Saturday 3rd October 2020

A car accident can result in painful injuries, some of which can be permanent. Fortunately, you can file an insurance claim, and you may even have reasons to file a car accident lawsuit to compensate for expenses like medical bills, lost wages, and your pain and suffering. However, the decisions and steps you make in the minutes, hours, and days after your car accident can affect your eligibility for compensation or reduce the value of your claim.

Avoid These Common Mistakes After a Car Accident.

1. Do not call law enforcement to the scene of the accident

Some accident victims do not call the police to respond to an accident. Sometimes you think that your car is still drivable or that the damage is so minor, why bother at all? Unfortunately, New Jersey law requires you to report any traffic accident that results in significant property damage greater than $ 500, personal injury, or death. This means that you should report any accident unless it really is a small fender bender. You have 10 days to fill out a police report when law enforcement is not on hand.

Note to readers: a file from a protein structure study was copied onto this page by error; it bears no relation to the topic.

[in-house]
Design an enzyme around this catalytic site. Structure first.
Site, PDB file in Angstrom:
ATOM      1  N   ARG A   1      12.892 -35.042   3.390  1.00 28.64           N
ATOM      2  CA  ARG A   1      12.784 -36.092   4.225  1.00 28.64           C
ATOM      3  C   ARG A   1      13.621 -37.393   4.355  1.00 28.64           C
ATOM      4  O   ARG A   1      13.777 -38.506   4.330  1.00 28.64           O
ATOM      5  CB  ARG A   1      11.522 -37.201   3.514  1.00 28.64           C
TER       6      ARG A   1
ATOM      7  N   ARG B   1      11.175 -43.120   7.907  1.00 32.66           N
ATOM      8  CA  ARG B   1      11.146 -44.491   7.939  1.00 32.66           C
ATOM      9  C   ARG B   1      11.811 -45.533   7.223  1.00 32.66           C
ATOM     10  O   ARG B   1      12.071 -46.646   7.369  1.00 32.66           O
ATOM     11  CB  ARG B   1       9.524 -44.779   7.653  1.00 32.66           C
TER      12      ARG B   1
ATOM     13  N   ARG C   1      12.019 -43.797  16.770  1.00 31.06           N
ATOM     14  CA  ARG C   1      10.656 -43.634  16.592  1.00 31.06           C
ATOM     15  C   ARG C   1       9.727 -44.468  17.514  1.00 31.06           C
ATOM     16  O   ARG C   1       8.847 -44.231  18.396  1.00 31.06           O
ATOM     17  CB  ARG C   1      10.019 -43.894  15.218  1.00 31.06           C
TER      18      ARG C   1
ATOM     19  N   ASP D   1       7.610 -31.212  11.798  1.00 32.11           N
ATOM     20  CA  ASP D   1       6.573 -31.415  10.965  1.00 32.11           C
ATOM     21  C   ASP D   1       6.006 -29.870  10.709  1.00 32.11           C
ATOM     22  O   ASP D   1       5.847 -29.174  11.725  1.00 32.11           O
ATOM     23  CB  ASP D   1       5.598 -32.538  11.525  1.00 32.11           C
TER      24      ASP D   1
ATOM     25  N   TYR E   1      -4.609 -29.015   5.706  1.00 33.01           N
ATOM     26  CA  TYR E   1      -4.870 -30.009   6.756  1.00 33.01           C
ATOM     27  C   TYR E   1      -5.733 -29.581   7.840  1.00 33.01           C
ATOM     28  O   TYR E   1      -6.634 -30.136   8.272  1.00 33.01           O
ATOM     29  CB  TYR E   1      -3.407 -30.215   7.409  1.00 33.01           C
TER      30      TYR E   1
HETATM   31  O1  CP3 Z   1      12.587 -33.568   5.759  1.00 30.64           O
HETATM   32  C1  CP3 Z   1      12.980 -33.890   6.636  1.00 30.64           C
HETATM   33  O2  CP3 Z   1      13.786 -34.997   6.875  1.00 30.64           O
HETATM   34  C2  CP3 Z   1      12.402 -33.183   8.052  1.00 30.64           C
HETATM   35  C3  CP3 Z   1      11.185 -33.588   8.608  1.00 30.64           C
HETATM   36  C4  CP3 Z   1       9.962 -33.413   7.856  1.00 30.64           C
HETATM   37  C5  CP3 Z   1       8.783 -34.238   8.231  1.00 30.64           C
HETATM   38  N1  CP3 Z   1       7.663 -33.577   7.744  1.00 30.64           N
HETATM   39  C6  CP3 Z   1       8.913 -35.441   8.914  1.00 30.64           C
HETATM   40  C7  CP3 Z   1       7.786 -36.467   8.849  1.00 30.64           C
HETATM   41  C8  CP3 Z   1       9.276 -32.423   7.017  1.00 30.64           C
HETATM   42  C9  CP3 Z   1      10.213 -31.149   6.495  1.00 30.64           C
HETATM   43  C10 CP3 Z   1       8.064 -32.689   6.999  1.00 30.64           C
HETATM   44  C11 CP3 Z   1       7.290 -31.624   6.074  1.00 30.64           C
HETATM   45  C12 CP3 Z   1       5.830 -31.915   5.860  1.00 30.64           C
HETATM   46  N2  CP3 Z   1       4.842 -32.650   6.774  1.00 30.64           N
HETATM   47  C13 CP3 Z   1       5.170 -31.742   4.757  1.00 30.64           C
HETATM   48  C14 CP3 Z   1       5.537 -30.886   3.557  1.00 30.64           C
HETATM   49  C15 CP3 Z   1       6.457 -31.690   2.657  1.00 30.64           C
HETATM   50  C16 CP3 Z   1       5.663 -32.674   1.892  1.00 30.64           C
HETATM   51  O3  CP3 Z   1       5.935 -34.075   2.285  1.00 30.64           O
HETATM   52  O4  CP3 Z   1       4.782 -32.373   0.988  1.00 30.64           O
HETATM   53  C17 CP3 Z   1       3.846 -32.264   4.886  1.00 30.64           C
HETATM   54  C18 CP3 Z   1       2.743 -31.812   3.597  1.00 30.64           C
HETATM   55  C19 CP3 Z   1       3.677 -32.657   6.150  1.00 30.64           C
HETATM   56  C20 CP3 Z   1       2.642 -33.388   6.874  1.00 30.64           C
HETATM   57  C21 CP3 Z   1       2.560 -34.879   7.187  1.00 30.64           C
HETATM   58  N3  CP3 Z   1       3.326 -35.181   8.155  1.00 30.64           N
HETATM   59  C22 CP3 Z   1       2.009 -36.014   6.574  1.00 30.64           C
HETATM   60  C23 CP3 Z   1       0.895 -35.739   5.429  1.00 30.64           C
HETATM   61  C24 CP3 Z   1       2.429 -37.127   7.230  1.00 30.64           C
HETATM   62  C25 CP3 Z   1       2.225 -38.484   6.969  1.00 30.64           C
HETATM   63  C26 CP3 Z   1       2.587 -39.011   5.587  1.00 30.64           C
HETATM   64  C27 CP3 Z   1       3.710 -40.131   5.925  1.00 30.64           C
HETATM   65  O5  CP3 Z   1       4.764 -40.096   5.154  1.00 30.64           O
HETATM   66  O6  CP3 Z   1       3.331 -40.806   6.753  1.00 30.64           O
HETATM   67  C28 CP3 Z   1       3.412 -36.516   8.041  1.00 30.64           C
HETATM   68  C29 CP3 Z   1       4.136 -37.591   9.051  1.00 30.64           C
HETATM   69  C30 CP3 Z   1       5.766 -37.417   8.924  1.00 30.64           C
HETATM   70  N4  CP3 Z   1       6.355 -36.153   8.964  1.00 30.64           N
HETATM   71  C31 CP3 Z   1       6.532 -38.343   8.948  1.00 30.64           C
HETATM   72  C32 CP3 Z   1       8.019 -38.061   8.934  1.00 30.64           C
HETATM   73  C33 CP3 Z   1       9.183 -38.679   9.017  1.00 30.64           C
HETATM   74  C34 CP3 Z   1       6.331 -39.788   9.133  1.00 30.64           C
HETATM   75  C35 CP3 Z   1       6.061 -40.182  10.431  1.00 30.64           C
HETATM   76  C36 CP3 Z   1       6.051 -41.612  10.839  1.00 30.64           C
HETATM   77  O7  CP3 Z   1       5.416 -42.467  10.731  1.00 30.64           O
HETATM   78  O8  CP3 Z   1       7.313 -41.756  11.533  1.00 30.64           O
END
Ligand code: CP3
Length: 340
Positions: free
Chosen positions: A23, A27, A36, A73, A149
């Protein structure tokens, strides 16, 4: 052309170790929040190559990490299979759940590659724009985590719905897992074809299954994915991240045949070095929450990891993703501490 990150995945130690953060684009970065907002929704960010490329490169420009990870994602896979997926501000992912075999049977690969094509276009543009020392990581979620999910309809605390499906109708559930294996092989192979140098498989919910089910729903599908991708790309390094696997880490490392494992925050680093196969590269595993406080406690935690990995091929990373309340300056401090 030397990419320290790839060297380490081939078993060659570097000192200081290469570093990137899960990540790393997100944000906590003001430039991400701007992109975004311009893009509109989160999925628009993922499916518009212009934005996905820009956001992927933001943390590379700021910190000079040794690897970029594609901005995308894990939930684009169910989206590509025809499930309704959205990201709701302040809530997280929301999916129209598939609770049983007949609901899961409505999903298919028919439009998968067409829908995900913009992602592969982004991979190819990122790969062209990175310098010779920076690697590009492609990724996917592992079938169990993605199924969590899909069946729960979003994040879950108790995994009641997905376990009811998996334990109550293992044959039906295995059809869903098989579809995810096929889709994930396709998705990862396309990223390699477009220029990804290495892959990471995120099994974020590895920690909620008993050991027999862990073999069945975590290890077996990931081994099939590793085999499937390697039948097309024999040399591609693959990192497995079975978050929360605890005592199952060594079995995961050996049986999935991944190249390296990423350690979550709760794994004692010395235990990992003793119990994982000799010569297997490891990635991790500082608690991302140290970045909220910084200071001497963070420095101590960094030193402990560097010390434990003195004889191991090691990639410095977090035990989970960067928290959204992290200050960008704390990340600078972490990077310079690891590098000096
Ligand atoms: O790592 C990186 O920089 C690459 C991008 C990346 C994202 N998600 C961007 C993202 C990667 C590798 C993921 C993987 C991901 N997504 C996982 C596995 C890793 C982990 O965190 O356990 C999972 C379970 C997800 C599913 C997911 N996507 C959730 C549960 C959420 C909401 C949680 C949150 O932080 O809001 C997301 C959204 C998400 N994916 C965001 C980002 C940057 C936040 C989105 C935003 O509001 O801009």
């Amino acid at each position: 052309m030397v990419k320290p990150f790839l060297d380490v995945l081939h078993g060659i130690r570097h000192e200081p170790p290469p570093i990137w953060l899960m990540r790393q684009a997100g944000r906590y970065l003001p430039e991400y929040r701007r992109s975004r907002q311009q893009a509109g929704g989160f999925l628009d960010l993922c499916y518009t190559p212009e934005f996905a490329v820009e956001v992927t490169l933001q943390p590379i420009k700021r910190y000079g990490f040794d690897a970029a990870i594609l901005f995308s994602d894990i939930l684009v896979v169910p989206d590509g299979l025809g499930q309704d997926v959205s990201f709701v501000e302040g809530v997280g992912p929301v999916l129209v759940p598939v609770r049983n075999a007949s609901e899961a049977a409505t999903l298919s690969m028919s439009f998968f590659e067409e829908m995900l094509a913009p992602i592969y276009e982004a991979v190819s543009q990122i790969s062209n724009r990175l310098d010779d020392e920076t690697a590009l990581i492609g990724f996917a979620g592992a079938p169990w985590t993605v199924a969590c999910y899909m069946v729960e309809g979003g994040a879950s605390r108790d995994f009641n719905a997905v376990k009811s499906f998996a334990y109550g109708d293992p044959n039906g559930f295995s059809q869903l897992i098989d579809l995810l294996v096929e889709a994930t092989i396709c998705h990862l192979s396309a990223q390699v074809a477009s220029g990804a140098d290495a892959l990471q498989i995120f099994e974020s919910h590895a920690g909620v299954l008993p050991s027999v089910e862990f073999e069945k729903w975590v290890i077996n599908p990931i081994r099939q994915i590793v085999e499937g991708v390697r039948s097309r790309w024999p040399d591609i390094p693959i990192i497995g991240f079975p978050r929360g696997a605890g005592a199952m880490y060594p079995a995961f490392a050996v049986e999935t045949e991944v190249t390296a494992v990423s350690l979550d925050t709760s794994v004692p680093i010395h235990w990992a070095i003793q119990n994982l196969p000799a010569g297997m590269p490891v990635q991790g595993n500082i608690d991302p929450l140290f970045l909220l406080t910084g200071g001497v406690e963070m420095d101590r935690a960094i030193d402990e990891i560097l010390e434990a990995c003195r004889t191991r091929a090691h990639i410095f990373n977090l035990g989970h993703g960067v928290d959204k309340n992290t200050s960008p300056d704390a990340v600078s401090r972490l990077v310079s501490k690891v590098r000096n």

In addition, the police report serves as evidence of the accident. The insurance company, another driver, or their attorney may have difficulty denying your claim or arguing that you have already suffered injuries when law enforcement arrives at the scene, investigates the accident, and files an official report.

2. Leaving the scene of a car accident